This guy sucks compared to that Yngwe fellah...now HE's somethin' else!.
Eddie Van Halen would've made one hell of a good prog guitarist. Can you imagine him playing in front of, say, Bill Bruford and Chris Squire? And singing by, ohhh, Peter Gabriel? And your choice of whoever on keyboards? Wow. What a band that would've been. Well, life turns out differently than our fever dreams (fortunately, or that huge toothy bug would still be trying to graw my wedding ring off) and supergroups never turn out how they're supposed to. So instead we get Eddie Van Halen as a hard-partying, riff-rockin', heavy drinkin', solo smilin', finger flashin', whammy bar divin' (I'll stop) musical soul of A) One of the best pure rock bands ever, of any age and also (B) A compromised pop rock band which turned into an imitator of the derivative bands that originally imitated the band in (A). A dropoff in musical quality has rarely been seen in modern rock music the level of which befell Van Halen in the late 1980s. From the forefront of hard rock innovation, attitude, and popularity to the forefront of....ummm...popularity. But we'll get to trashing OU812 in good time, just you wait. There's plenty of great music to talk about before Merle Haggard joined the band.
Van Halen of course, is named after its guitarist, Eddie, and his younger brother, drummer Alex. It also includes the Luckiest Man in Rock, almost singularly untalented bass player Michael Anthony. And you may have heard of original singer David Lee Roth, a goofy, spasmodic, cheesy, powerful, and hilarious clown of a lead singer that HAS to be considered one of the geniuses of the species. Then later, as you may well have been told by your local pastor, Sammy Hagar took over vocal chores....though we'll discuss the relative merits and shortcomings of The Red Rocker later on. Then in 1996 Hagar was forced out and replaced by Roth (for a few days) and then Gary Cherone, formerly of Extreme and now formerly of Van Halen.
But enough history. Time to get down to business and address seven years of some of the best albums money can buy.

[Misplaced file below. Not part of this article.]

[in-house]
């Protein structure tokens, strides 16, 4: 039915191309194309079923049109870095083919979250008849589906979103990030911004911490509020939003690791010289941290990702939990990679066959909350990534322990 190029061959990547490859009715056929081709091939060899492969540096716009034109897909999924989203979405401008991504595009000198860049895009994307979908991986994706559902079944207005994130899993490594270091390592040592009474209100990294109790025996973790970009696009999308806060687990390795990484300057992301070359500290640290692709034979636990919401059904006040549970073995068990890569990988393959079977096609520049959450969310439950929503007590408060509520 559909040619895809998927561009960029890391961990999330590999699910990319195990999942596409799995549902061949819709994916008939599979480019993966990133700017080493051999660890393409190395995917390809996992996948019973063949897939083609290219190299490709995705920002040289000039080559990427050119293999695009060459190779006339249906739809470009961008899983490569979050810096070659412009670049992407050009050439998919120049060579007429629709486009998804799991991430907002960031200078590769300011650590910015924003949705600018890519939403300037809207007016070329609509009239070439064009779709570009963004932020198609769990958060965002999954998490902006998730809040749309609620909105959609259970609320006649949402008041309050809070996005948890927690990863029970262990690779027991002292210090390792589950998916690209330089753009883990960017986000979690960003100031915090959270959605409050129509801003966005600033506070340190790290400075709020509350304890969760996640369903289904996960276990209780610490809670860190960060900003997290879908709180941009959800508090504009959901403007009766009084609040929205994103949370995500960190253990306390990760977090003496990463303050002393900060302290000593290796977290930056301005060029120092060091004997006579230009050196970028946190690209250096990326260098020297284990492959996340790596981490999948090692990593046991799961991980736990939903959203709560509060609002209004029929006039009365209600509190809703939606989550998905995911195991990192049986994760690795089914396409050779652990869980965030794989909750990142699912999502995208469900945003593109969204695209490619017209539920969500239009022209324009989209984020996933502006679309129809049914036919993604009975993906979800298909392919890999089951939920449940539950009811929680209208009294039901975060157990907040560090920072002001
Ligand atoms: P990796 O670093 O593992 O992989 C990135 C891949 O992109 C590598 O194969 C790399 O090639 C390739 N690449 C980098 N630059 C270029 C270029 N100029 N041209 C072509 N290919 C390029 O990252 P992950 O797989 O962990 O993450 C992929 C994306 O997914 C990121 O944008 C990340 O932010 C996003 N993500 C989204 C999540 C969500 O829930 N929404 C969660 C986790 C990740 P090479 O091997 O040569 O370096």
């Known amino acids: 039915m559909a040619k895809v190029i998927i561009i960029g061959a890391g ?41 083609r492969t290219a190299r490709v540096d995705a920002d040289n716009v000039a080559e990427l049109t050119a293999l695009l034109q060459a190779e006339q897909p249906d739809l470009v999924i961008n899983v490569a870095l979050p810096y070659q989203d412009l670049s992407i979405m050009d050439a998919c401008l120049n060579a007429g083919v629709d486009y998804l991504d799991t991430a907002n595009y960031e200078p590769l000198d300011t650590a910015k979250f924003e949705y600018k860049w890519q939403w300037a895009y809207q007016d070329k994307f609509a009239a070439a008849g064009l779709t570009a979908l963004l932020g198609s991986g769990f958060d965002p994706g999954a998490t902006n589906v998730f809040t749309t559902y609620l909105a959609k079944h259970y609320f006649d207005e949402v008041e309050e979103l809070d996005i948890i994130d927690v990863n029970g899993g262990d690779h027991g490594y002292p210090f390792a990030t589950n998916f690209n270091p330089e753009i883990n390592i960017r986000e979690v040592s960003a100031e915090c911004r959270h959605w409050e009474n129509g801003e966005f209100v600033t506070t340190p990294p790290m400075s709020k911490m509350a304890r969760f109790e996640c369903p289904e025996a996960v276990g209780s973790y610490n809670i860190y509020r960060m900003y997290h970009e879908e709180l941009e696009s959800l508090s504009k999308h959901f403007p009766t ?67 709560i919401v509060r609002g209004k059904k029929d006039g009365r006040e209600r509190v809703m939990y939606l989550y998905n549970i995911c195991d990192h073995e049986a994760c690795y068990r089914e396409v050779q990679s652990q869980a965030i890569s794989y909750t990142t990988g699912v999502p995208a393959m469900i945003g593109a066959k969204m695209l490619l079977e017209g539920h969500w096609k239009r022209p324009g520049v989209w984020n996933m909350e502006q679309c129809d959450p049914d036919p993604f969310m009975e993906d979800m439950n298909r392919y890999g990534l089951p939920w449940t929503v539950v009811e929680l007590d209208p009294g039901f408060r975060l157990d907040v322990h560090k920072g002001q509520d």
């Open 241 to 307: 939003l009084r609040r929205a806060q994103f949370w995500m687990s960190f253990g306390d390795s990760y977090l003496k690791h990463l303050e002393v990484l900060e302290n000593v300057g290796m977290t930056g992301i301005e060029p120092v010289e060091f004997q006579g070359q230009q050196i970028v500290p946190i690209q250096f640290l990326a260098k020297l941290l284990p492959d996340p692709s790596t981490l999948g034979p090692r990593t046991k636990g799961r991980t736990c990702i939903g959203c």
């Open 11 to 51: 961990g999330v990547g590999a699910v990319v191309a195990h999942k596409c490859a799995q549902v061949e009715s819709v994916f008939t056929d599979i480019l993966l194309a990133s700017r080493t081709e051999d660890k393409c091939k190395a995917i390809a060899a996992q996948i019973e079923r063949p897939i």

Van Halen - Warner Bros. 1978
A classic of hard rock music, and not for the reasons you might think (Michael Anthony's glute muscles, you were thinking, weren't you?)(They are nice and firm.)(Fag.)
Nah really, you probably think this is great because of Eddie Van Halen's Grand New Guitar Technique and how our man created the first completely new rock guitar style since Hendrix or (fill in the blank here) , and the first one in recent memory that wasn't derivative of the blues at all. Ehh, I don't really buy into all of that 'new technique' business. Listen to enough prog rock and you'll really start getting the idea that all that tapping, dive-bombing, and pick scratching had been done before, somewhere, by somebody (or more likely, several different people). Anyway, Eddie Van Halen was the first one who did all that stuff in a purely Dumb Hard Rock atmosphere. Made it sound respectable, worthy of study, academic. And exciting, too. And, unless Excitement has recently been elected an emotion, almost devoid of emotional content. Van Halen's solos frequently sound way too cold and academic. More frigid than a Baptist Prom Queen. But worthy of more 'Wow's' than any other guitar work I've heard in a long time. In short, a lot of 'rock grimace and air guitar' moments, and not too many 'crying like a baby because of his great tone' moments.